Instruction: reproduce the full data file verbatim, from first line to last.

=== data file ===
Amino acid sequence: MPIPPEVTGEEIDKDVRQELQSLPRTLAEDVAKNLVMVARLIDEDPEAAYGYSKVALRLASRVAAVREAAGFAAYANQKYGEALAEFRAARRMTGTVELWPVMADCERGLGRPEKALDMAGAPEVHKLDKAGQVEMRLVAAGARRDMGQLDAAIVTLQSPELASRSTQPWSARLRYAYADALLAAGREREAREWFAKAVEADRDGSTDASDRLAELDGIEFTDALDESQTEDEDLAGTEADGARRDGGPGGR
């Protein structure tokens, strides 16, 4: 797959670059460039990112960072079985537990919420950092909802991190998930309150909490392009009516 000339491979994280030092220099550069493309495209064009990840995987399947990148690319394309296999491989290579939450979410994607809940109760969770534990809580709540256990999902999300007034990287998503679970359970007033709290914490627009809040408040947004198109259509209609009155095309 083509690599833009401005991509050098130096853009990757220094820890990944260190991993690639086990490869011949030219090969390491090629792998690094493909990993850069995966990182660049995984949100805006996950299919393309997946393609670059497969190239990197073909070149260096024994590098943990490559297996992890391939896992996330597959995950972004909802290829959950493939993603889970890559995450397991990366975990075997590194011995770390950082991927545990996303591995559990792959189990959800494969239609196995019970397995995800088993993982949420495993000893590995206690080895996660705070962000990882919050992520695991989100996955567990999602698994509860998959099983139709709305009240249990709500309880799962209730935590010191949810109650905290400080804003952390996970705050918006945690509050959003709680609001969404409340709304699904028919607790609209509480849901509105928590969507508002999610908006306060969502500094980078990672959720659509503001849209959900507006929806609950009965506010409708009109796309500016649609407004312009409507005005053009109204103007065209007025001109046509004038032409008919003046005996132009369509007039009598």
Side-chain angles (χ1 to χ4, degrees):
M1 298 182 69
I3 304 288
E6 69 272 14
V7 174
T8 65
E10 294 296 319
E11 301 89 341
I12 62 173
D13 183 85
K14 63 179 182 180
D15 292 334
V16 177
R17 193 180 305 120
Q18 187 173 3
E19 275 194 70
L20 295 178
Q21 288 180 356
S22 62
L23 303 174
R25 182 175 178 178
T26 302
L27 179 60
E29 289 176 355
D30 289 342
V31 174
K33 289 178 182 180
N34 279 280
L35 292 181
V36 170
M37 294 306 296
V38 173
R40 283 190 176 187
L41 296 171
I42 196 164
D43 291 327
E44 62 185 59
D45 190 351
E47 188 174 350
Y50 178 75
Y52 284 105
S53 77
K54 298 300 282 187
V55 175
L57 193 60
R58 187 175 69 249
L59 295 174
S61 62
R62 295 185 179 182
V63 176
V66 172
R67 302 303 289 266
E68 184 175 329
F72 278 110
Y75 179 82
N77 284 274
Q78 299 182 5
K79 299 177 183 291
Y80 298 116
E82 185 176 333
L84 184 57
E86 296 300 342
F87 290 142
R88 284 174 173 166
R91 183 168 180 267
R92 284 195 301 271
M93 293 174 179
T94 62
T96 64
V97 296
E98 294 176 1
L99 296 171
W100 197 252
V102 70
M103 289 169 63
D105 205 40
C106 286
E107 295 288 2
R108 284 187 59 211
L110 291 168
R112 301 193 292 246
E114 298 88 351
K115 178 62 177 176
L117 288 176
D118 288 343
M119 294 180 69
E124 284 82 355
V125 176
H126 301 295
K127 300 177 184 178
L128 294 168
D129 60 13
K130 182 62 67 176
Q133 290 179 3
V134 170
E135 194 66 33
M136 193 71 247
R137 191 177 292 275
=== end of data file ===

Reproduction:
Amino acid sequence: MPIPPEVTGEEIDKDVRQELQSLPRTLAEDVAKNLVMVARLIDEDPEAAYGYSKVALRLASRVAAVREAAGFAAYANQKYGEALAEFRAARRMTGTVELWPVMADCERGLGRPEKALDMAGAPEVHKLDKAGQVEMRLVAAGARRDMGQLDAAIVTLQSPELASRSTQPWSARLRYAYADALLAAGREREAREWFAKAVEADRDGSTDASDRLAELDGIEFTDALDESQTEDEDLAGTEADGARRDGGPGGR
């Protein structure tokens, strides 16, 4: 797959670059460039990112960072079985537990919420950092909802991190998930309150909490392009009516 000339491979994280030092220099550069493309495209064009990840995987399947990148690319394309296999491989290579939450979410994607809940109760969770534990809580709540256990999902999300007034990287998503679970359970007033709290914490627009809040408040947004198109259509209609009155095309 083509690599833009401005991509050098130096853009990757220094820890990944260190991993690639086990490869011949030219090969390491090629792998690094493909990993850069995966990182660049995984949100805006996950299919393309997946393609670059497969190239990197073909070149260096024994590098943990490559297996992890391939896992996330597959995950972004909802290829959950493939993603889970890559995450397991990366975990075997590194011995770390950082991927545990996303591995559990792959189990959800494969239609196995019970397995995800088993993982949420495993000893590995206690080895996660705070962000990882919050992520695991989100996955567990999602698994509860998959099983139709709305009240249990709500309880799962209730935590010191949810109650905290400080804003952390996970705050918006945690509050959003709680609001969404409340709304699904028919607790609209509480849901509105928590969507508002999610908006306060969502500094980078990672959720659509503001849209959900507006929806609950009965506010409708009109796309500016649609407004312009409507005005053009109204103007065209007025001109046509004038032409008919003046005996132009369509007039009598």
Side-chain angles (χ1 to χ4, degrees):
M1 298 182 69
I3 304 288
E6 69 272 14
V7 174
T8 65
E10 294 296 319
E11 301 89 341
I12 62 173
D13 183 85
K14 63 179 182 180
D15 292 334
V16 177
R17 193 180 305 120
Q18 187 173 3
E19 275 194 70
L20 295 178
Q21 288 180 356
S22 62
L23 303 174
R25 182 175 178 178
T26 302
L27 179 60
E29 289 176 355
D30 289 342
V31 174
K33 289 178 182 180
N34 279 280
L35 292 181
V36 170
M37 294 306 296
V38 173
R40 283 190 176 187
L41 296 171
I42 196 164
D43 291 327
E44 62 185 59
D45 190 351
E47 188 174 350
Y50 178 75
Y52 284 105
S53 77
K54 298 300 282 187
V55 175
L57 193 60
R58 187 175 69 249
L59 295 174
S61 62
R62 295 185 179 182
V63 176
V66 172
R67 302 303 289 266
E68 184 175 329
F72 278 110
Y75 179 82
N77 284 274
Q78 299 182 5
K79 299 177 183 291
Y80 298 116
E82 185 176 333
L84 184 57
E86 296 300 342
F87 290 142
R88 284 174 173 166
R91 183 168 180 267
R92 284 195 301 271
M93 293 174 179
T94 62
T96 64
V97 296
E98 294 176 1
L99 296 171
W100 197 252
V102 70
M103 289 169 63
D105 205 40
C106 286
E107 295 288 2
R108 284 187 59 211
L110 291 168
R112 301 193 292 246
E114 298 88 351
K115 178 62 177 176
L117 288 176
D118 288 343
M119 294 180 69
E124 284 82 355
V125 176
H126 301 295
K127 300 177 184 178
L128 294 168
D129 60 13
K130 182 62 67 176
Q133 290 179 3
V134 170
E135 194 66 33
M136 193 71 247
R137 191 177 292 275